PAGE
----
In The Skin Of A Lion
In the Skin of a Lion
Historical Obliviousness in Michael Ondaatje's In the Skin of a Lion
Michael Ondaatje's In the Skin of a Lion narrates the forgotten stories of those who contributed to the building of the city Toronto, particularly immigrants and marginal individuals. In the very first page of the novel, Ondaatje stresses the concern with personal narratives and the act of storytelling: "This is the story a young girl gathers in a car during the early hours of the morning [...] She listens to the man as he picks up and brings together various corners of the story..." (4). Similar to Crossing the River, there is a framework story, that of a man telling a story to a girl, that opens and ends the novel and gives coherence to the many personal narratives. Patrick has an audience at two narrative levels, namely, Hanna at the textual level and the reader at the extra textual one. The reader is the recipient of the macro story, which is Patrick's act of storytelling, as well as of the micro stories contained in it.
Like Phillips' novel, Ondaatje's has a circular quality that makes stories transcend time and space; In the Skin of the Lion ends where it starts. The structure of the novel resembles a Chinese box since a series of interrelated stories form concentric circles, all of which converge in Patrick's act of telling a story to Hanna.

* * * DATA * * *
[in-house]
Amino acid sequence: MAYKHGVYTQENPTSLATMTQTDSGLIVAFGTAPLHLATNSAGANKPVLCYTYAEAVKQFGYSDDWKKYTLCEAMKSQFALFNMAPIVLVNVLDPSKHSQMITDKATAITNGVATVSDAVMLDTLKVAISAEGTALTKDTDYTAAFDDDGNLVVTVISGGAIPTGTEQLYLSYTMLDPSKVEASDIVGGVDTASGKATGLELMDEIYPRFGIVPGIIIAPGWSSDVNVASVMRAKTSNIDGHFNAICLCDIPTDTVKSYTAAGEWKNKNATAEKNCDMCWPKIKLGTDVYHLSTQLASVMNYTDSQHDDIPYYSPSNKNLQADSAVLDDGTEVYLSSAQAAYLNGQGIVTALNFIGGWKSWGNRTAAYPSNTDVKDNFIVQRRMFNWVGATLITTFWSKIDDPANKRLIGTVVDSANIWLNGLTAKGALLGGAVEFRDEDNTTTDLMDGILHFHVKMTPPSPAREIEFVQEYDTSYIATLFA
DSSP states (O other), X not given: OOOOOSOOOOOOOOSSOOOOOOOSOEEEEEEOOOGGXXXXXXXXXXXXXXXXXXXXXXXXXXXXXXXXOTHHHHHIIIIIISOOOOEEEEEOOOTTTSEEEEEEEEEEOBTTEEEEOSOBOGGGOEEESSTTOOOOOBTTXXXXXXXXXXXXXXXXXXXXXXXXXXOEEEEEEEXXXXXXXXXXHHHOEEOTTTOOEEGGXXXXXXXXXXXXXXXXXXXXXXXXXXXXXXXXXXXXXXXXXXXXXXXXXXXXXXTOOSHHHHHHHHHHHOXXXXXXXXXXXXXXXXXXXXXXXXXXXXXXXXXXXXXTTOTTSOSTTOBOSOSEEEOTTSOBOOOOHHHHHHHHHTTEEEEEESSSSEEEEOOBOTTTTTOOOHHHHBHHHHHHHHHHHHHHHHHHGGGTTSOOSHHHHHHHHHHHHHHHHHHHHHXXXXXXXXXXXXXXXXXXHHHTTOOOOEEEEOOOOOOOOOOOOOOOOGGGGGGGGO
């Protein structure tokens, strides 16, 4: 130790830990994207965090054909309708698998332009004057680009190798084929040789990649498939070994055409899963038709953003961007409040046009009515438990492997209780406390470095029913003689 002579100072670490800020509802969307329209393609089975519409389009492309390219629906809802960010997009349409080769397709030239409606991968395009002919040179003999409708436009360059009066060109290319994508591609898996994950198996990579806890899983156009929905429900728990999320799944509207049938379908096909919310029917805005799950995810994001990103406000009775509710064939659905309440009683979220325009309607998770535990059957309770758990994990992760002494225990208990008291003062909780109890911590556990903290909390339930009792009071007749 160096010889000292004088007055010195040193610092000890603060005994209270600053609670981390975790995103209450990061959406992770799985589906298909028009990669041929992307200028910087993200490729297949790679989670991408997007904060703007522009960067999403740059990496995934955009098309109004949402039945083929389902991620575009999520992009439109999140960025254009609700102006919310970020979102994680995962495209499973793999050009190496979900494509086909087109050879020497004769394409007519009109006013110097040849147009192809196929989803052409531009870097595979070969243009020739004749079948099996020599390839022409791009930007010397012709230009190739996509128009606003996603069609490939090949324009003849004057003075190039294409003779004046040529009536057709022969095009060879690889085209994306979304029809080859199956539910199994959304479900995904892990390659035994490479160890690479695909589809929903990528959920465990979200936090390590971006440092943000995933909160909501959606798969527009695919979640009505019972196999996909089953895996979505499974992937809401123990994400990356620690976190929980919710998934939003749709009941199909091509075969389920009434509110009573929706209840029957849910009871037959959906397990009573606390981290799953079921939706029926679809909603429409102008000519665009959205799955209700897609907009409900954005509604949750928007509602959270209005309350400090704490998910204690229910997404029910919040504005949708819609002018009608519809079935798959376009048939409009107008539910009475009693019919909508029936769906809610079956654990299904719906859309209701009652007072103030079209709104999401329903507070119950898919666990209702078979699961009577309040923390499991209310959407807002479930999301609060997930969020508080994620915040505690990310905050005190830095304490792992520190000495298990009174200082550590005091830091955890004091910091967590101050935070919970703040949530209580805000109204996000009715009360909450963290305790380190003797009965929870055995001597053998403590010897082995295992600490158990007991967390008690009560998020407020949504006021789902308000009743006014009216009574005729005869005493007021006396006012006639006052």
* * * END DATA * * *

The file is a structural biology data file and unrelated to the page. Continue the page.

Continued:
He saw himself gazing at so many stories [...] He saw the interactions, saw how each one of them was carried by the strength of something more than themselves [...] His own life was no longer a single story but part of a mural, which was a falling together of accomplices. Patrick saw the wondrous night web --all these fragments of a human order... (145)
Similar to Caryl Phillips' Crossing the River, there is a tension between History and "her/his-stories" in Ondaatje's novel. However instead of employing historical contexts to create the tension, Ondaatje makes subtle but explicit comments on historical oblivion to individuals and their stories. History is implicitly considered as a master narrative that allows no space to articulate local narratives and to account for the richness, variety and complexity of human experience. To counterbalance the
omissions and partiality of the historical master narrative, the alternative Ondaatje proposes is to privilege and celebrate a plurality of private and local narratives that give voice to the forgotten of History. Caravaggio, for example, is sadly aware of his
being left out of the History of the city he has helped to build. Like Nicholas Temelcoff, he is painfully conscious of his anonymity and marginality: "He was anonymous.[...] He would never leave his name where his skill had been. He was one of those who have a fury or a sadness of only being described by someone else" (199). His story has never been legitimised. When Nicholas Temelcoff realises "how he has been sewn into history. [He decides] he will begin to tell stories"...
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In The Skin Of A Lion, By Michael Ondaatje